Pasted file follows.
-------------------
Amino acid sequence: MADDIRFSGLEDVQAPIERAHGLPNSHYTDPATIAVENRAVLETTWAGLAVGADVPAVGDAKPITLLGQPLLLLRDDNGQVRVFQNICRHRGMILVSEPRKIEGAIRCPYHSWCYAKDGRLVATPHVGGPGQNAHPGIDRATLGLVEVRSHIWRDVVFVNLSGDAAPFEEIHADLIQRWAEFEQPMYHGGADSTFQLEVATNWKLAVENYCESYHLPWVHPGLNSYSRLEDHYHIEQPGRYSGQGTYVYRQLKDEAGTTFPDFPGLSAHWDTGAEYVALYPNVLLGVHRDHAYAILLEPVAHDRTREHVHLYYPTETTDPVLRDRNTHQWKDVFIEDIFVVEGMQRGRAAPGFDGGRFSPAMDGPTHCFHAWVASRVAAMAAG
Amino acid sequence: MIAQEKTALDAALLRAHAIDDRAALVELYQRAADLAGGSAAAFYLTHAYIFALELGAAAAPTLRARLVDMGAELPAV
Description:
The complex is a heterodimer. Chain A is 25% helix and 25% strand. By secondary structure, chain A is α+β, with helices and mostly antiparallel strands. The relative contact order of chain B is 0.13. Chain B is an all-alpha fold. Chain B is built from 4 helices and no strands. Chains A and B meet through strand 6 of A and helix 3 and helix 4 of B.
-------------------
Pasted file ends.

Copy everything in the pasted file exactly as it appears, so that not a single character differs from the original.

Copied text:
Amino acid sequence: MADDIRFSGLEDVQAPIERAHGLPNSHYTDPATIAVENRAVLETTWAGLAVGADVPAVGDAKPITLLGQPLLLLRDDNGQVRVFQNICRHRGMILVSEPRKIEGAIRCPYHSWCYAKDGRLVATPHVGGPGQNAHPGIDRATLGLVEVRSHIWRDVVFVNLSGDAAPFEEIHADLIQRWAEFEQPMYHGGADSTFQLEVATNWKLAVENYCESYHLPWVHPGLNSYSRLEDHYHIEQPGRYSGQGTYVYRQLKDEAGTTFPDFPGLSAHWDTGAEYVALYPNVLLGVHRDHAYAILLEPVAHDRTREHVHLYYPTETTDPVLRDRNTHQWKDVFIEDIFVVEGMQRGRAAPGFDGGRFSPAMDGPTHCFHAWVASRVAAMAAG
Amino acid sequence: MIAQEKTALDAALLRAHAIDDRAALVELYQRAADLAGGSAAAFYLTHAYIFALELGAAAAPTLRARLVDMGAELPAV
Description:
The complex is a heterodimer. Chain A is 25% helix and 25% strand. By secondary structure, chain A is α+β, with helices and mostly antiparallel strands. The relative contact order of chain B is 0.13. Chain B is an all-alpha fold. Chain B is built from 4 helices and no strands. Chains A and B meet through strand 6 of A and helix 3 and helix 4 of B.